Mark Steyn, in this excellent interview with Chuck Colson, touches on the story of a man whose "donated" sperm has "fathered," at last count, 150 children. The whole interview is worth a listen but discussion of the deterioration of the family starts at about 14 minutes in:
The idea, for a start, that this man, who left a smidgeonette of genetic material that he gave to this particular girl and to 149 other boys and girls, is a father, and that that's what a father is, you know, a few fluid ounces in a test tube; to read that story for anyone who had come from mid 20th century America . . . he would think he'd landed on Planet of the Apes, he was in some alternative universe.Brave new world indeed. For the children and for society, anonymous sperm "donation" creates complications which would have been apparent to anyone willing to spend five minutes thinking about it. From the NYT article:
Now, there is growing concern among parents, donors and medical experts about potential negative consequences of having so many children fathered by the same donors, including the possibility that genes for rare diseases could be spread more widely through the population. Some experts are even calling attention to the increased odds of accidental incest between half sisters and half brothers, who often live close to one another.Some "donors" are feeling exploited. To be honest, it's hard for me to work up a lot of sympathy for a guy who masturbates into a cup for money, and without a care for what happens afterwards. It doesn't strike me as a manly way to behave. But anyway:
“My daughter knows her donor’s number for this very reason,” said the mother of a teenager conceived via sperm donation in California who asked that her name be withheld to protect her daughter’s privacy. “She’s been in school with numerous kids who were born through donors. She’s had crushes on boys who are donor children. It’s become part of sex education” for her.
Critics say that fertility clinics and sperm banks are earning huge profits by allowing too many children to be conceived with sperm from popular donors, and that families should be given more information on the health of donors and the children conceived with their sperm. They are also calling for legal limits on the number of children conceived using the same donor’s sperm and a re-examination of the anonymity that cloaks many donors.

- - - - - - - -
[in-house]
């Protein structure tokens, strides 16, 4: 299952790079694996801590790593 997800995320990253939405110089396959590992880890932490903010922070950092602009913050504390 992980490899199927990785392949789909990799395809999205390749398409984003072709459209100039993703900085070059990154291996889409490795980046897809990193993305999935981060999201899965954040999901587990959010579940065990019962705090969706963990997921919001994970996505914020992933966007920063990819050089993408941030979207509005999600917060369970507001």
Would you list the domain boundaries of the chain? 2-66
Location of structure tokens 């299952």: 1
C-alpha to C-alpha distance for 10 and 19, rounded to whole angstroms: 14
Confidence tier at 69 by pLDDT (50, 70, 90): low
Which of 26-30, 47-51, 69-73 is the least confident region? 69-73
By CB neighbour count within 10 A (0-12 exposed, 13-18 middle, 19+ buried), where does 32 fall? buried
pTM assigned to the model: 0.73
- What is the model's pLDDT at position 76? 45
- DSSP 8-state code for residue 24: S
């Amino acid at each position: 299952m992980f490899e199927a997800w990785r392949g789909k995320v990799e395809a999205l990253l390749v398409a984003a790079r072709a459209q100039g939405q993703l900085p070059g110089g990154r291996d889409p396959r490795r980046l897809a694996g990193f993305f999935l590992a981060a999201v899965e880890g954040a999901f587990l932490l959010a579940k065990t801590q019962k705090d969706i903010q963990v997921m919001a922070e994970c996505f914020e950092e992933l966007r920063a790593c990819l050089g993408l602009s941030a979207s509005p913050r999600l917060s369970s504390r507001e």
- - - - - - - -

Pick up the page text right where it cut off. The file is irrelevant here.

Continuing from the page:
Sperm donors, too, are becoming concerned. “When I asked specifically how many children might result, I was told nobody knows for sure but that five would be a safe estimate,” said a sperm donor in Texas who asked that his name be withheld because of privacy concerns. “I was told that it would be very rare for a donor to have more than 10 children.”Perhaps the article is referring to the subject of the story linked to by Ann Althouse. Ben Seisler, a law student at the time of his many "donations," professes not to have thought it through. He looks back and says, "I dunno. I guess I was dumb." His fiancee thinks he was selfish. Click for video.
He later discovered in the Donor Sibling Registry that some donors had dozens of children listed. “It was all about whatever they could get away with,” he said of the sperm bank to which he donated. “It is unfair and reprehensible to the donor families, donors and donor children.”
Ms. Kramer, the registry’s founder, said that one sperm donor on her site learned that he had 70 children. He now keeps track of them all on an Excel spreadsheet. “Every once in a while he gets a new kid or twins,” she said. “It’s overwhelming, and not what he signed up for. He was promised low numbers of children.”
The NYT article ends with some good questions:
Experts are not certain what it means to a child to discover that he or she is but one of 50 children — or even more. “Experts don’t talk about this when they counsel people dealing with infertility,” Ms. Kramer said. “How do you make connections with so many siblings? What does family mean to these children?”
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